During our usual net surfing of all things green, this popped into our radar and we just had to share it.
So a team of scientists is exploring an unusual source of electricity — damaged tomatoes that are unsuitable for sale at the grocery store. Their pilot project involves a biological-based fuel cell that uses tomato waste left over from harvests in Florida.
The researchers presented their work at the 251st National Meeting & Exposition of the American Chemical Society (ACS).
“We have found that spoiled and damaged tomatoes left over from harvest can be a particularly powerful source of energy when used in a biological or microbial electrochemical cell,” says Namita Shrestha, who is working on the project. “The process also helps purify the tomato-contaminated solid waste and associated waste water.”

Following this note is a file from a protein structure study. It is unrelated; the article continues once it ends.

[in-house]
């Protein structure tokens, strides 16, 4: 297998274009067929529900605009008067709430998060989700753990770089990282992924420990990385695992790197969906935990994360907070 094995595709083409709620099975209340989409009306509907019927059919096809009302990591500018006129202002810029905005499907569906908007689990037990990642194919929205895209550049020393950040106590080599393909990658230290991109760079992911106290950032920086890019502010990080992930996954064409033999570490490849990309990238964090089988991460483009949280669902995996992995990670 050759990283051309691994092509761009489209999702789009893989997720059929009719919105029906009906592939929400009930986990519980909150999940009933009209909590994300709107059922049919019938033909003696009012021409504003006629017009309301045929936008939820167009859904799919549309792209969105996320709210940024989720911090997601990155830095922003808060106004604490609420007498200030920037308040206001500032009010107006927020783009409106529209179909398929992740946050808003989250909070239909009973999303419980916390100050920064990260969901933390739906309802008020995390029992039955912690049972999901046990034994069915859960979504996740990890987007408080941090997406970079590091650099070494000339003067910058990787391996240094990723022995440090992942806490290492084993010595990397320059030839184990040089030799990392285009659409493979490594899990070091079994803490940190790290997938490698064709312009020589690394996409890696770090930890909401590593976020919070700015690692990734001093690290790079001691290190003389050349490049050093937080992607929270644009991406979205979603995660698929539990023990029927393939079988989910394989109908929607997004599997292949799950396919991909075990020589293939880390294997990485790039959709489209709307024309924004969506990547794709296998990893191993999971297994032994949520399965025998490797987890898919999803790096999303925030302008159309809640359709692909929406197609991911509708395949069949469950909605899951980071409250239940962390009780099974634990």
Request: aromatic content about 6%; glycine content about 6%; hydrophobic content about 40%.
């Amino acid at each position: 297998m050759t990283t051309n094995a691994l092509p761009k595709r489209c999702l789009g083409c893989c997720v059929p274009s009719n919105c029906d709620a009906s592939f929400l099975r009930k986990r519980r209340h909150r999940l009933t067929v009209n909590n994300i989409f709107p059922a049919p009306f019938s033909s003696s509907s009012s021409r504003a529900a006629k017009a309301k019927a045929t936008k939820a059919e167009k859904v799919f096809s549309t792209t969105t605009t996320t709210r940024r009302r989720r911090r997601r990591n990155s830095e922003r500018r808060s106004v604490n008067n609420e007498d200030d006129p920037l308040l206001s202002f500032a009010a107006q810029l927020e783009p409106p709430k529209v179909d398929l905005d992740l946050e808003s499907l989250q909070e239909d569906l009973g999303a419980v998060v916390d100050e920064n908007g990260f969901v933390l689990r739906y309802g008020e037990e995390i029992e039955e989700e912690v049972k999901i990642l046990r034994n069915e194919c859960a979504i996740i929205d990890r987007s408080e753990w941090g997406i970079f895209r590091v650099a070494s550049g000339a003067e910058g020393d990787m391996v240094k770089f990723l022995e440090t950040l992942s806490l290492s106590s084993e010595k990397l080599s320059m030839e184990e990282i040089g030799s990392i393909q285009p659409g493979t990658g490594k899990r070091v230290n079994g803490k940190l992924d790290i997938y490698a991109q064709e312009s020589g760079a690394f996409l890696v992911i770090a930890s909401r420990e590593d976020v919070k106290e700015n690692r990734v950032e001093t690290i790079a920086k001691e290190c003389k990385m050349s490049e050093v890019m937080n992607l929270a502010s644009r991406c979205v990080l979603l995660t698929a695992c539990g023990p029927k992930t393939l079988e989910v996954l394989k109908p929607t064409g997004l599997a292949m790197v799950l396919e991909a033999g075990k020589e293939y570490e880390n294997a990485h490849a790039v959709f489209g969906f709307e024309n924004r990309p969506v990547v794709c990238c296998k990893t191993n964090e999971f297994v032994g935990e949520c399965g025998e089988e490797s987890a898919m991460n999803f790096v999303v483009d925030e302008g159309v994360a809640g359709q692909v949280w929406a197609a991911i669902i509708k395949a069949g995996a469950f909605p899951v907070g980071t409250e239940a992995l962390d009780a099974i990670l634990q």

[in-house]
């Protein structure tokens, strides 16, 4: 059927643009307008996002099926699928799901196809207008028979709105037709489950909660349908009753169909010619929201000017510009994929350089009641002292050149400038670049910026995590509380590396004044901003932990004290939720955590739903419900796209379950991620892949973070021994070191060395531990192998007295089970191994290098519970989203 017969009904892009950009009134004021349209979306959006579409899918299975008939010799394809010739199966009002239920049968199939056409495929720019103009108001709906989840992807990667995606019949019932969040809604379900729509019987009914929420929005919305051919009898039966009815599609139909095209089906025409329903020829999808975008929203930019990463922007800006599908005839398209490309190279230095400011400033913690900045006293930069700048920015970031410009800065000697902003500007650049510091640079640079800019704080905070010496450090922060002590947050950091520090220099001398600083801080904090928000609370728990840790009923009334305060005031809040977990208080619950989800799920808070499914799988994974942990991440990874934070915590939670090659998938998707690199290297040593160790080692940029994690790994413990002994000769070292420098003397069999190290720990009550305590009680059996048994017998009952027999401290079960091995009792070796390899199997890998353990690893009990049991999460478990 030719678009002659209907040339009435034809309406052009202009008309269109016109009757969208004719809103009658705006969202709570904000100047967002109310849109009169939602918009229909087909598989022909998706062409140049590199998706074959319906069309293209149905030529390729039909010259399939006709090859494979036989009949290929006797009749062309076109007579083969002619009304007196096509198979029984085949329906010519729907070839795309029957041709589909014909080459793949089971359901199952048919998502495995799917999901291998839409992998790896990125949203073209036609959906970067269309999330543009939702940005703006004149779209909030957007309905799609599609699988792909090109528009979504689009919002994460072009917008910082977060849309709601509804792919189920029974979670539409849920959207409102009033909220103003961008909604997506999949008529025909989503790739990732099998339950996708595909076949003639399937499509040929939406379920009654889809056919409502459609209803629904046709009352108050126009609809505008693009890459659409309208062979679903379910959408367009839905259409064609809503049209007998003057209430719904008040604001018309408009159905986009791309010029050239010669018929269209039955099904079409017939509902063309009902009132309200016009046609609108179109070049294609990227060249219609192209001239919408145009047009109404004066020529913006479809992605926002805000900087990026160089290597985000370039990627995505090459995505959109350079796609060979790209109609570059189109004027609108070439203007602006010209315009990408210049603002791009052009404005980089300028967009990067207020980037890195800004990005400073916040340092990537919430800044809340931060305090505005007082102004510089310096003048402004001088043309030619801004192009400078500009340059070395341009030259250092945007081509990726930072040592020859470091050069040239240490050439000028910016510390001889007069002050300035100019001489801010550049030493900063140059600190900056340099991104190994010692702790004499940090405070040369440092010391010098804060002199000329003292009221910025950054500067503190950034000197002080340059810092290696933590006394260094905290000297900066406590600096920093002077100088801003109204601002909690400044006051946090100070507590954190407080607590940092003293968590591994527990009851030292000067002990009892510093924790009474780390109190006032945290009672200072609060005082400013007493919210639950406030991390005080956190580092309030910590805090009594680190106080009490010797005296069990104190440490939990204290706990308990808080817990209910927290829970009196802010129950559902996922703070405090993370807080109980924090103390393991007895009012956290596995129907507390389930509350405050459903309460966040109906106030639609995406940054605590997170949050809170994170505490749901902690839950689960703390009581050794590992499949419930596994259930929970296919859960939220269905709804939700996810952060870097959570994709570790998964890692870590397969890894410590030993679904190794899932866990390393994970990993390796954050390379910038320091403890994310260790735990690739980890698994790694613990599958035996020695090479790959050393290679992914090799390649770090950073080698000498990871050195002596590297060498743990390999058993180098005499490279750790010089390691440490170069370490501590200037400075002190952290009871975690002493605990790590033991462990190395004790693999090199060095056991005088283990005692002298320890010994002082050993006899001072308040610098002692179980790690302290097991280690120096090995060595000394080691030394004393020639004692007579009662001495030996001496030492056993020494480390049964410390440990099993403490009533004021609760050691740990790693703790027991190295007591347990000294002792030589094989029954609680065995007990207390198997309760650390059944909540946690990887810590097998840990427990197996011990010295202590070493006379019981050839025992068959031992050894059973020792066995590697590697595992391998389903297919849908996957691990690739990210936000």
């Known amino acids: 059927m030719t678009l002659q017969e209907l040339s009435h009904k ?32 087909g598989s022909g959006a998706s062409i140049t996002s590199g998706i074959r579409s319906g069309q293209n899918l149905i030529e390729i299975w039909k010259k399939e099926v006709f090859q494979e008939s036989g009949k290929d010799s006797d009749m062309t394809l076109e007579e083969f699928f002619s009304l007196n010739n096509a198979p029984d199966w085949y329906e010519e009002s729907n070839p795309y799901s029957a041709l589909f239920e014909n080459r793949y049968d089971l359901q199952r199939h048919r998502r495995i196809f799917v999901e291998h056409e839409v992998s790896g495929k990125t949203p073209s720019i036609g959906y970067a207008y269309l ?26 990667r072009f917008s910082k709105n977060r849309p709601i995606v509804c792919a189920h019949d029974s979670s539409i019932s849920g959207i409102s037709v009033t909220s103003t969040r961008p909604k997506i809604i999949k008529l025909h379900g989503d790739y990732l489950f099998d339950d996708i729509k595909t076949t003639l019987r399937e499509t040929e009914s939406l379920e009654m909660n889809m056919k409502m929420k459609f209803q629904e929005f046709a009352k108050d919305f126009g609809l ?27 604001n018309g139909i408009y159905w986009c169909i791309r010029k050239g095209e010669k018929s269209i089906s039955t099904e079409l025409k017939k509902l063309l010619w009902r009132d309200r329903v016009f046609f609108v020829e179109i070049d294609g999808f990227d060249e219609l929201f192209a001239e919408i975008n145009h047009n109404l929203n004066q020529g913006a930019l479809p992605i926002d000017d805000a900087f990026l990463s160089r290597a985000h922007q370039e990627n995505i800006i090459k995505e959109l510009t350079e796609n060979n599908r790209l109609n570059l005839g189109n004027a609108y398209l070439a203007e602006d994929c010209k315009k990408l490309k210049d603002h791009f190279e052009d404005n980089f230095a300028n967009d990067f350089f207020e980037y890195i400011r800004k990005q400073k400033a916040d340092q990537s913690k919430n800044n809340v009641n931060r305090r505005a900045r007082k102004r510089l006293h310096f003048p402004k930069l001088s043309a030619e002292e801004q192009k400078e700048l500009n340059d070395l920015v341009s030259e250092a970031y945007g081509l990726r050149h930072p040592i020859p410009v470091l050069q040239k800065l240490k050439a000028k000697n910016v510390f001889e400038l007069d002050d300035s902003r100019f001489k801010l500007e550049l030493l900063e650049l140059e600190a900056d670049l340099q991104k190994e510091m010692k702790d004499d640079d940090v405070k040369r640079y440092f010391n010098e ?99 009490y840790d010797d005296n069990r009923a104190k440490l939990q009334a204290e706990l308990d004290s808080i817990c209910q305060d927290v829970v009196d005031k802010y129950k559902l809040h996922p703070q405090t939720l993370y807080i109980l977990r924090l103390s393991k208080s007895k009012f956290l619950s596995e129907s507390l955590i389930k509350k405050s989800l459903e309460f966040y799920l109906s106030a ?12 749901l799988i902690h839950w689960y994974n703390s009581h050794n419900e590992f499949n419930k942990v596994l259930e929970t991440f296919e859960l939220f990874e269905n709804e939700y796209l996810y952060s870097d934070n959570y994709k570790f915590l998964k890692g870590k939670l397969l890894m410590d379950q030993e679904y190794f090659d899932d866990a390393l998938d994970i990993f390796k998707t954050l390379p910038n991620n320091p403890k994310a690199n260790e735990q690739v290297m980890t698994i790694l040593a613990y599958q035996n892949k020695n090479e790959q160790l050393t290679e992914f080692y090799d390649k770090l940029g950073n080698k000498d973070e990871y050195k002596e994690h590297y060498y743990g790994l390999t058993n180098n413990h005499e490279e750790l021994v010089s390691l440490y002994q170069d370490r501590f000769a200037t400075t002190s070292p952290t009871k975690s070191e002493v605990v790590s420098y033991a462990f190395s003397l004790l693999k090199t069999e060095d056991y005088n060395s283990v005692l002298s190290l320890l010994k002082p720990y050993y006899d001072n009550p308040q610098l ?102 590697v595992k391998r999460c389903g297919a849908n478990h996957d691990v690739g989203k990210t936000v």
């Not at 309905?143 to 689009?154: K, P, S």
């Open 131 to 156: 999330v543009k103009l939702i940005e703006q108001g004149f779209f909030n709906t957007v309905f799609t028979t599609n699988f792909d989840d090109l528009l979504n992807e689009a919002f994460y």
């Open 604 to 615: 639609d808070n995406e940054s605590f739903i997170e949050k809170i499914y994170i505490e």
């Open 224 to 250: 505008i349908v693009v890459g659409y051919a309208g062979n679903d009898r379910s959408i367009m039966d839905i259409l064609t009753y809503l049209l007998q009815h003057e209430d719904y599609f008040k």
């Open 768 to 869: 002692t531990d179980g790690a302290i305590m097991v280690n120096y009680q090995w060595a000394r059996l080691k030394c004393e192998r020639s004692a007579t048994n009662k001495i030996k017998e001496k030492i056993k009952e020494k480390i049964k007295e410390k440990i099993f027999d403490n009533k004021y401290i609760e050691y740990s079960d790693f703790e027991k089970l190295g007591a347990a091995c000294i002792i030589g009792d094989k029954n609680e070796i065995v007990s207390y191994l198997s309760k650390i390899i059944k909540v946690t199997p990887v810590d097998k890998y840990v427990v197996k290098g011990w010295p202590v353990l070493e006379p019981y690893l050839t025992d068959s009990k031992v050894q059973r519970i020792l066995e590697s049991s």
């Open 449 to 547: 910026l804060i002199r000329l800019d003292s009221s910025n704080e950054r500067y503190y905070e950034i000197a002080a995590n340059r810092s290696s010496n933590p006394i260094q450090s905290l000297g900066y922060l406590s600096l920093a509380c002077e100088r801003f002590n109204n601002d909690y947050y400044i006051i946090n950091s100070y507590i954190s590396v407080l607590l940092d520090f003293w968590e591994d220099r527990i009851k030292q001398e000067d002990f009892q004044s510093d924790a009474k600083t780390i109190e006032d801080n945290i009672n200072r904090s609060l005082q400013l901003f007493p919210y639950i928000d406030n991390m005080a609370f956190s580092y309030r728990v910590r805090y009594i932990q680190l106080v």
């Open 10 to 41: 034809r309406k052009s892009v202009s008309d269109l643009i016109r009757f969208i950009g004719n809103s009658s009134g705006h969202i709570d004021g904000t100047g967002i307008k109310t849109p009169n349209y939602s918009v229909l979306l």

Shrestha is a graduate student in the lab of Venkataramana Gadhamshetty, Ph.D., P.E., at the South Dakota School of Mines & Technology. They are collaborating on this project with Alex Fogg, an undergraduate chemistry major at Princeton University. Other project collaborators include Daniel Franco, Joseph Wilder and Simeon Komisar, Ph.D., at Florida Gulf Coast University.
Tomatoes are a key crop in Florida, notes Gadhamshetty. He stresses that the project is important to the state because Florida generates 396,000 tons of tomato waste every year, but lacks a good treatment process.
Gadhamshetty began working on the topic as a professor at Florida Gulf Coast University.
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